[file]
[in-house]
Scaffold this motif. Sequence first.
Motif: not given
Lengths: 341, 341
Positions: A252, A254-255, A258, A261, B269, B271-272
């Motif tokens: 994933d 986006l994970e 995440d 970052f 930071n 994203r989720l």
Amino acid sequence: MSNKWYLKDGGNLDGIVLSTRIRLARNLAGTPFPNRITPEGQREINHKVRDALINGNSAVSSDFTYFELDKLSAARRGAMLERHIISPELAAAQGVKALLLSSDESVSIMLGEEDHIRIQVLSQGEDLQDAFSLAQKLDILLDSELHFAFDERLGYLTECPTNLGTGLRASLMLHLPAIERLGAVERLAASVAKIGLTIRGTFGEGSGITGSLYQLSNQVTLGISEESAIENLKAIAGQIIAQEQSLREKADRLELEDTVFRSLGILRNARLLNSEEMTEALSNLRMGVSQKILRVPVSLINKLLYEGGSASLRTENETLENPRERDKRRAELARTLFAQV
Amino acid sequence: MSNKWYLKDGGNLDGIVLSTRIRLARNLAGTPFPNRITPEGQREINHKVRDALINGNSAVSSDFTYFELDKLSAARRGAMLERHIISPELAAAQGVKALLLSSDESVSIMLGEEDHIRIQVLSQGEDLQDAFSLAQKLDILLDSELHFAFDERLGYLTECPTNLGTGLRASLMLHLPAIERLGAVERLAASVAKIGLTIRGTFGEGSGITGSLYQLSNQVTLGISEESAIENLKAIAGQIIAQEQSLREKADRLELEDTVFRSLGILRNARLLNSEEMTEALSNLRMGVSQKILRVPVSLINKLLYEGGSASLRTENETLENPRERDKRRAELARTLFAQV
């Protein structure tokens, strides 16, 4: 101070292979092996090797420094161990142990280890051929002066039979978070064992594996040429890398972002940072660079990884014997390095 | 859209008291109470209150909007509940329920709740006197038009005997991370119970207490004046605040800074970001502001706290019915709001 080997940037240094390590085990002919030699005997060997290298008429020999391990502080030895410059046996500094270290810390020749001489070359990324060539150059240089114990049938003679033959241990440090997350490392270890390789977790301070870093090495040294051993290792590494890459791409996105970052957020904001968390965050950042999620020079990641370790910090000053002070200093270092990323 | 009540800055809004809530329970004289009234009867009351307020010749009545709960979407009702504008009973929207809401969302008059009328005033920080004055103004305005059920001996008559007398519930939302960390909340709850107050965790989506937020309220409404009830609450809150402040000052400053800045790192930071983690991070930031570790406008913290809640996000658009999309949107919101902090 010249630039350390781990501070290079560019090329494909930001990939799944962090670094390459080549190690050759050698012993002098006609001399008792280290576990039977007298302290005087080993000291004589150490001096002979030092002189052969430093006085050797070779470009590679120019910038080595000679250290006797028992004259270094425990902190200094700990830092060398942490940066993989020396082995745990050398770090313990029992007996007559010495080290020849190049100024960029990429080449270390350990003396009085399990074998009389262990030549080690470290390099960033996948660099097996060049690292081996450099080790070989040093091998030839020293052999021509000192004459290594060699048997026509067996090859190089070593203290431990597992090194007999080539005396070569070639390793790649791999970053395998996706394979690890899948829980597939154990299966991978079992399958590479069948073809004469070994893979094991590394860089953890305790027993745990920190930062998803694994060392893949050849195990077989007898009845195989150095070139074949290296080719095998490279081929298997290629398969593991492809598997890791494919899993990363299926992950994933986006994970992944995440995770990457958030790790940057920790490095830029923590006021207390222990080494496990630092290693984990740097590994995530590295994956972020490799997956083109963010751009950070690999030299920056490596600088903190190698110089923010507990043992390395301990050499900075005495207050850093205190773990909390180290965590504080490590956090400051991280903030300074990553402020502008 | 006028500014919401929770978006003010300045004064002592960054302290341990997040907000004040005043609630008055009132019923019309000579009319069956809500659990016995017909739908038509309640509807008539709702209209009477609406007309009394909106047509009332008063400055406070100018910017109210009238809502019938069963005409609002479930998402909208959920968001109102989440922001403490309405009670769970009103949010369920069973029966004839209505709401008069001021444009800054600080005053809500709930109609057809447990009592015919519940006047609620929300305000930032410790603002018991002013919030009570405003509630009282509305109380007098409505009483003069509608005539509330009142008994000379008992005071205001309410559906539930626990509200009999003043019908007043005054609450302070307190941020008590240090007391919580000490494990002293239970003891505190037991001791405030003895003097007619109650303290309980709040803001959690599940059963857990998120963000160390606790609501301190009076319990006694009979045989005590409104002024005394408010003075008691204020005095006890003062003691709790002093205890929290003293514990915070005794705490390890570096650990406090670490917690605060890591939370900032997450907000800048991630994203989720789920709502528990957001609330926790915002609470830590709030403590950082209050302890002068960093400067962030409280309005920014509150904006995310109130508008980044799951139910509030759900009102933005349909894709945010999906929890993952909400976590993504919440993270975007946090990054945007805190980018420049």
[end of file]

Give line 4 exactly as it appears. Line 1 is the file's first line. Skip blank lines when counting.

Lengths: 341, 341